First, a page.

Birding for beginners
I wouldn’t consider myself a birder, but I am one of the many people who started getting more tuned into the nature around me when the pandemic started. Working from home and making a habit of taking walks around my neighbourhood has made me more aware of my surroundings and given me a rare opportunity to appreciate the nature in my backyard. If you’re looking for a new hobby or are feeling bored of your surroundings, I encourage you to give birding a try.
Why birding is great
Black and white warbler (Photo by Pia Vahabi/NCC staff)
- It can be done anywhere. You could travel halfway across the world to go birding, or you can do it from your balcony in downtown Toronto.
- You don’t need anything to get started. Binoculars and a bird ID app or book are super helpful, but you can even start just by listing the birds that you already recognize as you walk around your neighbourhood.
- You can be as serious or casual about it as you want. I’m happy to just ID the birds I see while gardening, having my morning coffee or on a walk with the dog. Others may enjoy spending hours every morning visiting different spots to find as many birds as they can.
- It’s an excuse to spend time in nature. There are many health benefits to spending time in nature, and even just sitting and looking at trees has been shown to reduce stress.
- It helps with mindfulness. When you’re trying to track down a bird or paying attention to every detail of a bird you’re looking at, it’s hard to think about anything else.
- It helps you appreciate and connect with nature. Working at the Nature Conservancy of Canada, I’ve gotten to play a role in protecting large chunks of habitat across the country. The last few months have helped me feel more connected to the ecosystem close to me. I’m still inspired to protect the big stuff, but now I’m feeling a greater responsibility to take care of my small patch of nature to ensure I’m providing the best possible habitat for the wildlife around me.
How to get started
White-throated sparrow (Photo by Pia Vahabi/NCC staff)
- Buy a pair of binoculars. Quality makes a difference, but even a basic pair will help you see further. Check out the Cornell Lab of Ornithology's article on how to choose an affordable pair of binoculars >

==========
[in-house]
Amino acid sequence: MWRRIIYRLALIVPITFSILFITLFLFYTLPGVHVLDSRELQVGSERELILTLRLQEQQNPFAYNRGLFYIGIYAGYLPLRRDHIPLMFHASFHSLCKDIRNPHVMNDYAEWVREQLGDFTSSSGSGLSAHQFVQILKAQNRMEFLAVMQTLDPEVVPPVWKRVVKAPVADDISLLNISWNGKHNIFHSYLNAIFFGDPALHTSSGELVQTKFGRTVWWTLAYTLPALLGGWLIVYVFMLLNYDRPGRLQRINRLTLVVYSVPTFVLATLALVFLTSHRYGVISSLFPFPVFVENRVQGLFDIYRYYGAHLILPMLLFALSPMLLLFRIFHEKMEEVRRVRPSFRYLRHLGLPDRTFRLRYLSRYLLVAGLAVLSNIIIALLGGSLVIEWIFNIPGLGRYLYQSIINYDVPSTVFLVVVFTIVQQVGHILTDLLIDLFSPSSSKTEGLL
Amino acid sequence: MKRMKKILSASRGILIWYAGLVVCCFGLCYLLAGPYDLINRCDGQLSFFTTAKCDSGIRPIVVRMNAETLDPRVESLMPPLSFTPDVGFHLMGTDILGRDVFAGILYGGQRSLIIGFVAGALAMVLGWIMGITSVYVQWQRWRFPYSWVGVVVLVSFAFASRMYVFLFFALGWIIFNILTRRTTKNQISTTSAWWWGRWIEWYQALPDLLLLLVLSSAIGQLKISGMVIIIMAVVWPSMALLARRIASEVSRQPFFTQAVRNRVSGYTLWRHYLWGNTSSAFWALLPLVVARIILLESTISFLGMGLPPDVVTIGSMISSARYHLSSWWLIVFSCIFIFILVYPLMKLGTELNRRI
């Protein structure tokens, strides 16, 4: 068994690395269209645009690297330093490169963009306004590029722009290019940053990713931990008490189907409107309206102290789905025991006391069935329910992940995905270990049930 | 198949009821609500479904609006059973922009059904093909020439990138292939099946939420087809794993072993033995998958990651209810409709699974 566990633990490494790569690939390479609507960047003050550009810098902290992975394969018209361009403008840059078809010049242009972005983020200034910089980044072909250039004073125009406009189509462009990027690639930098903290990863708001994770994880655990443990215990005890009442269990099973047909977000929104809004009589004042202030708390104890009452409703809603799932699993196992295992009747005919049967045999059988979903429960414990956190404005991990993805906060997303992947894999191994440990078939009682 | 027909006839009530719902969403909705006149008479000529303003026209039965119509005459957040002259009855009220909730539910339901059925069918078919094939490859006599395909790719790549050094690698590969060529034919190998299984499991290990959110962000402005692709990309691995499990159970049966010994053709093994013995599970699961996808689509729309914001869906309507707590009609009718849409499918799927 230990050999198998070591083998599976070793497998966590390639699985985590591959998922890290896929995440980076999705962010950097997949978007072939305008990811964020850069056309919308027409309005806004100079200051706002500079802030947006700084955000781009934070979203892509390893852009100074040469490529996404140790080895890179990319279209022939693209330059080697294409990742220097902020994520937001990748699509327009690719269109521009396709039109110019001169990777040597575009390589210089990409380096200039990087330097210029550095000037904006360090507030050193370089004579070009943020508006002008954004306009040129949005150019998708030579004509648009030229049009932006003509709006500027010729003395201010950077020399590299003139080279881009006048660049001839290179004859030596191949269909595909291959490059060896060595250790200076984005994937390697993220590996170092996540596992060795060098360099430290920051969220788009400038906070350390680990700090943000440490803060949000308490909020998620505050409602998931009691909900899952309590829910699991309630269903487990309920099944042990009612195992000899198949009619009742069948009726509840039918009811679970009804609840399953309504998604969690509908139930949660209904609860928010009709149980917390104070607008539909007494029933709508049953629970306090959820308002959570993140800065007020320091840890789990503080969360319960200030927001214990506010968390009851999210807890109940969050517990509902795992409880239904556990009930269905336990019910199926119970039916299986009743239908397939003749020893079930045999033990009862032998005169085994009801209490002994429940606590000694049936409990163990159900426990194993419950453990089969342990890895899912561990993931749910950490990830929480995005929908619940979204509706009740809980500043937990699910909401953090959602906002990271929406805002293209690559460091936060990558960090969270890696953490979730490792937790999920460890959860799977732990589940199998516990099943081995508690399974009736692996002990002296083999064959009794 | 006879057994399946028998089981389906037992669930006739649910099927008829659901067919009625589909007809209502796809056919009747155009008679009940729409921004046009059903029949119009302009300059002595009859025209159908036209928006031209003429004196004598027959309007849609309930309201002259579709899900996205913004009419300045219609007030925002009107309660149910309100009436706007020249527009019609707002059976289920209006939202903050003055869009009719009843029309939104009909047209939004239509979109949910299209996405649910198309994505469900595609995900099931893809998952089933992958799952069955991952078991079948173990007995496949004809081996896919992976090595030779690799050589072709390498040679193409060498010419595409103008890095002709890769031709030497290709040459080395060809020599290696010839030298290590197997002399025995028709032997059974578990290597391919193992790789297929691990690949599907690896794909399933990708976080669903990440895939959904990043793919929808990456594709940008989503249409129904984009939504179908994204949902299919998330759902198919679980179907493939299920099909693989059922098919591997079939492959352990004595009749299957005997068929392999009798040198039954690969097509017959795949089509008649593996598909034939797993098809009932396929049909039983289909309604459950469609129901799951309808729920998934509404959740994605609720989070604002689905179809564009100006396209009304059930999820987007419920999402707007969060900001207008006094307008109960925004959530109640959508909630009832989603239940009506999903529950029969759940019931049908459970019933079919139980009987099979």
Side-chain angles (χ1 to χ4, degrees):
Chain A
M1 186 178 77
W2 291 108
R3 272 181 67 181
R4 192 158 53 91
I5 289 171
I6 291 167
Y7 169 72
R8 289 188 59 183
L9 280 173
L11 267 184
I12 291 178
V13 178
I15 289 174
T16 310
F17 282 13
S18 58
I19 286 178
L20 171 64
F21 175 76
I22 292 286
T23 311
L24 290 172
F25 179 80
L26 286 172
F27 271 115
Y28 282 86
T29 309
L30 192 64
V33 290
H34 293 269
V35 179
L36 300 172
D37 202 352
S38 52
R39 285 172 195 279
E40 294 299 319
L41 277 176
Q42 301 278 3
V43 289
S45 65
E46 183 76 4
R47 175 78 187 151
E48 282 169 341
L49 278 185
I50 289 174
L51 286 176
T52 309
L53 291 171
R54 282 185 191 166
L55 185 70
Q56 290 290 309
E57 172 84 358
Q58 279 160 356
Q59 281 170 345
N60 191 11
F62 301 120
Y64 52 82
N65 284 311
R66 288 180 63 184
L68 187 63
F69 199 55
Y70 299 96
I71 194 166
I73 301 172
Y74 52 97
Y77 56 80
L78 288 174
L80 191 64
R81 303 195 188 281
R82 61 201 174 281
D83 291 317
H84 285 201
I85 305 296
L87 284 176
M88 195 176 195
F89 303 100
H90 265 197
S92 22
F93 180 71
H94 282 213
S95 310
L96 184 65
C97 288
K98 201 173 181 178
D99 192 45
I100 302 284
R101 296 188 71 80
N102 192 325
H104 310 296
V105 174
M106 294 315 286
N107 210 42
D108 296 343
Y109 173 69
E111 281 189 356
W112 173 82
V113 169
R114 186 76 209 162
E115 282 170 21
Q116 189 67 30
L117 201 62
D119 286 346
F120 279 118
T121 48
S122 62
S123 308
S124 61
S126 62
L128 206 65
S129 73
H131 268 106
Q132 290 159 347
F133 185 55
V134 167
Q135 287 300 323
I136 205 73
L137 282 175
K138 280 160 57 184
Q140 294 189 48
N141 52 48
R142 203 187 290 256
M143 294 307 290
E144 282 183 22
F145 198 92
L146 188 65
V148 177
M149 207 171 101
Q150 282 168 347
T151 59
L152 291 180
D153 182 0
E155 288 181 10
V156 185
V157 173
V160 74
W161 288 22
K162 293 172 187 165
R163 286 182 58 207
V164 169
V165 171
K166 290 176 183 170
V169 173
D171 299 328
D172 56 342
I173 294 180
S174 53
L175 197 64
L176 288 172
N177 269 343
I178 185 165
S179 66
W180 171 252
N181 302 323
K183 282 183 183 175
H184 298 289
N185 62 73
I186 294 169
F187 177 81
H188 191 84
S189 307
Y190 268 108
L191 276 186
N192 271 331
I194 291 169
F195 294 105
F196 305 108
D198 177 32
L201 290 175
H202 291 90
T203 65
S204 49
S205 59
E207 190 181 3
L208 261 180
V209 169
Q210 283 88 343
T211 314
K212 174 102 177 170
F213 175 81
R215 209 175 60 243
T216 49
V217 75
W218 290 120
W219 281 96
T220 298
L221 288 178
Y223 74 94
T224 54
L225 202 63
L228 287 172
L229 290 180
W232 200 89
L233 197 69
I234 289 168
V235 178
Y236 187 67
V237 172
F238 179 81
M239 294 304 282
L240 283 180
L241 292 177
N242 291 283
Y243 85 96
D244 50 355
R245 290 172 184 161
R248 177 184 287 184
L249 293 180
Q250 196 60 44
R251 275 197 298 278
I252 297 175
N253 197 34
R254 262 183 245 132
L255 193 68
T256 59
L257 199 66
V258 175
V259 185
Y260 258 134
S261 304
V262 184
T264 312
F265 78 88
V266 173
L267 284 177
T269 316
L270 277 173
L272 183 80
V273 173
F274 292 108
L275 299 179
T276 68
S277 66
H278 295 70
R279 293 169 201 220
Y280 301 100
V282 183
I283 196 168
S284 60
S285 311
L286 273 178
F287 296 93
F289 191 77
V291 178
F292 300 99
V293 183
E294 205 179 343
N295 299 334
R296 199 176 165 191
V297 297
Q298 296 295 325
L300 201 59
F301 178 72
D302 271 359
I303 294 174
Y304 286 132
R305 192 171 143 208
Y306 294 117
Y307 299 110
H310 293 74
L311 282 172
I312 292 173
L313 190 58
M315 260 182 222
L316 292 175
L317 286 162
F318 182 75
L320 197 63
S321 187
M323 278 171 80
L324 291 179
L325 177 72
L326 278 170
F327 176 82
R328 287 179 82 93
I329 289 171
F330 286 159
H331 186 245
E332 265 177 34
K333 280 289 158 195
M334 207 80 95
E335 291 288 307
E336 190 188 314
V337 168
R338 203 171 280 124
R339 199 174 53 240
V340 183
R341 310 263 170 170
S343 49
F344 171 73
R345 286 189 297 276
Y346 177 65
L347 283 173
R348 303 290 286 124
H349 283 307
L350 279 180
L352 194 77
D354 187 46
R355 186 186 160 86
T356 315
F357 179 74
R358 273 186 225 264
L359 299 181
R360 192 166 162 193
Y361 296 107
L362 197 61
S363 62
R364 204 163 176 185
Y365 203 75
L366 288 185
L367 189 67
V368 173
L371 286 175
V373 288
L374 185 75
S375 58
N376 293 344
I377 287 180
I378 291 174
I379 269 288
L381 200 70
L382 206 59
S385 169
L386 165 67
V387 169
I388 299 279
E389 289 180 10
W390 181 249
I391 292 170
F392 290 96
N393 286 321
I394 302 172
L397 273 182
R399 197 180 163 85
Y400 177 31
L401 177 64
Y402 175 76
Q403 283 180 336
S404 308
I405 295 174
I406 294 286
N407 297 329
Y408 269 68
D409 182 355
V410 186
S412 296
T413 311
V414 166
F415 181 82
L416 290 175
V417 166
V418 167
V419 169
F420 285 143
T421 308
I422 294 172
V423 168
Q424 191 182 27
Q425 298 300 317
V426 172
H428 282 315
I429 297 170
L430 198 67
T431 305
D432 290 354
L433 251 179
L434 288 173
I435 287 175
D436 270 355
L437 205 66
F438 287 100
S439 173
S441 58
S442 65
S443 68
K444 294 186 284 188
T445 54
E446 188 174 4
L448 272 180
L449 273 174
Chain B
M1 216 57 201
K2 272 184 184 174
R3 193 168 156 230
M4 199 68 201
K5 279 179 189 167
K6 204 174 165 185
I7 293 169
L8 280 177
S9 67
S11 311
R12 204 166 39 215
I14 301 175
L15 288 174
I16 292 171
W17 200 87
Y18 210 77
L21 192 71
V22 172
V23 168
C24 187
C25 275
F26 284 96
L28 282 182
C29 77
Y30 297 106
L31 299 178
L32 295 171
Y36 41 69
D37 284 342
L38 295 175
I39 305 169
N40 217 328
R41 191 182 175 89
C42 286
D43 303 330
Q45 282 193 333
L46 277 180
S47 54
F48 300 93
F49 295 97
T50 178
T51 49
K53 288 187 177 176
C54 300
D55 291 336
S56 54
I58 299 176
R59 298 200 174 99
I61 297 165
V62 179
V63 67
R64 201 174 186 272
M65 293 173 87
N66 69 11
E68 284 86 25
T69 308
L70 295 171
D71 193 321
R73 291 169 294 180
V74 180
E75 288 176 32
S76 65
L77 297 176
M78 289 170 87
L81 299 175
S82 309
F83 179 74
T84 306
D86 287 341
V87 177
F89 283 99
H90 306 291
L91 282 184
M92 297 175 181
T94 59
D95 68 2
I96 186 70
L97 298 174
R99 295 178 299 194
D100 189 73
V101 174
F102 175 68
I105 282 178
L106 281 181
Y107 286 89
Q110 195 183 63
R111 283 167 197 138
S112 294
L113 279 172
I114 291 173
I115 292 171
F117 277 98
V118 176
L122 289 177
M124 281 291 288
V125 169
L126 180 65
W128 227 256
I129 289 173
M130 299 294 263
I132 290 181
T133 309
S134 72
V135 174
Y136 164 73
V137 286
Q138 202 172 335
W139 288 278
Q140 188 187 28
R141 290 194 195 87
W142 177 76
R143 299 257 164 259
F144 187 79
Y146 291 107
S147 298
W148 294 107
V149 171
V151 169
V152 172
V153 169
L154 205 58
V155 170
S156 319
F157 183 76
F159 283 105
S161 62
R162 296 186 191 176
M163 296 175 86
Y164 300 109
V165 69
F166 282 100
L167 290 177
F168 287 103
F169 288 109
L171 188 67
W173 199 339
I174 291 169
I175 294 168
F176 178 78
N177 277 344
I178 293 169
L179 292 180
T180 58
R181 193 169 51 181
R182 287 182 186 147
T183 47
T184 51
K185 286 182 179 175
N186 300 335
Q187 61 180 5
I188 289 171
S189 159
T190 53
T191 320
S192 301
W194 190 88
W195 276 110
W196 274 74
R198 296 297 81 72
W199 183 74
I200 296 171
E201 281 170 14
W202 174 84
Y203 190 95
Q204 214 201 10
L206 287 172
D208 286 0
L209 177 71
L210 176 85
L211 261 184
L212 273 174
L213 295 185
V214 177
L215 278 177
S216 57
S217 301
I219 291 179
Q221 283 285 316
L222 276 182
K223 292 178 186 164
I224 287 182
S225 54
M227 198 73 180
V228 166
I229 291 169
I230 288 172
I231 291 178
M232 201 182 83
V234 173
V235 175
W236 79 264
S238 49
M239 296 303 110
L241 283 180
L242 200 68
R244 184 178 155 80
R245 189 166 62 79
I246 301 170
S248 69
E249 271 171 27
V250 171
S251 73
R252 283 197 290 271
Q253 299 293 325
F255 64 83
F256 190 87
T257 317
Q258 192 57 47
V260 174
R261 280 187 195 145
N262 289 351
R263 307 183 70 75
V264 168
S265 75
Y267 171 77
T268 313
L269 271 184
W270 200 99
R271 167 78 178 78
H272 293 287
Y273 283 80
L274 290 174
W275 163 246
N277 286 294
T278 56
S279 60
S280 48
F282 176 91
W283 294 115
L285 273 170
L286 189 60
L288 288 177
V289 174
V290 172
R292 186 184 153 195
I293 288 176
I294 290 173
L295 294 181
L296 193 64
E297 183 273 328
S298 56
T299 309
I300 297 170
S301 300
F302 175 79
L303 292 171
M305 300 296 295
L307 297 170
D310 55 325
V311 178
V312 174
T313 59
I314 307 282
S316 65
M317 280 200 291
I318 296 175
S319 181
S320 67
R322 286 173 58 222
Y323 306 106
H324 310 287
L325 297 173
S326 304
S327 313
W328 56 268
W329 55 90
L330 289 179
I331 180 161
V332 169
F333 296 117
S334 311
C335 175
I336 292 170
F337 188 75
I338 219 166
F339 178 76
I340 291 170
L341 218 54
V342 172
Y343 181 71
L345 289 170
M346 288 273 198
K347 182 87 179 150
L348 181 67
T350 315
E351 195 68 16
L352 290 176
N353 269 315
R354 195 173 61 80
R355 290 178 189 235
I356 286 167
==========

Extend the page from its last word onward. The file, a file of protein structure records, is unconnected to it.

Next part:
- Spend time in your yard (or at your window) observing your surroundings. Spending a few minutes just sitting in the backyard every day has helped me realize just how much wildlife is out there. Some days I see a bunch of new species, other days just a squirrel, but either way I end up feeling refreshed from spending a few quiet moments enjoying my morning coffee and the fresh air.
- Pay attention to what’s going on around you. Working home alone all day with few distractions has meant that I’m paying more attention to what’s happening outside my home office window. I’ve gotten into the habit of keeping my binoculars and camera at my desk and bringing them with me when I’m outside. Whenever I see something fluttering from the corner of my eye, I look up to see what it is.
How to identify the bird
Ruby-crowned kinglet (Photo by Pia Vahabi/NCC staff)
- Get to know your regular visitors. Over the last two months, I’ve gotten better at identifying a cardinal, blue jay, mourning dove, grackle, starling or robin based on shape, flight pattern and sound. Now, I’m much quicker to spot something that looks or sounds different, and I can better describe a new species by comparing it to ones I’m more familiar with.
- Pay attention to size, shape, habitat and colour. The combination of my poor-quality binoculars and the fast movement of birds makes it hard for me to see details in colouring. Once I’ve taken note of the primary colours I see, I move on to other identifiers. What size is it compared to other birds I know? What shape is it? How long is its tail compared to its body? Is its beak long and slender or short and thick? Where is it and what is it doing? This has been especially helpful for all the “small, brown birds” in my neighbourhood, which are apparently not all sparrows. Note that many birds have different plumages depending on age, sex and season.
- Make use of apps, websites and books. I primarily rely on my Birds of Ontario book, the Merlin app, iNaturalist and eBird for identifying and keeping track of what I’m seeing. eBird and iNaturalist are especially great because you can zoom into your location and see what species has been sighted nearby recently or in previous years. There are many other field guides available to assist with identifying birds.
- Find someone who can help you, and don’t be afraid to ask them "silly" questions. I’ve been leaning a lot on colleagues to help me with my never-ending questions ranging from “What is this blurry brown blob?” to “Is it possible that there’s a black-throated green warbler in my backyard?” If joining a field naturalist group isn’t possible or feels daunting, there are lots of great online groups and message boards full of people happy to help you.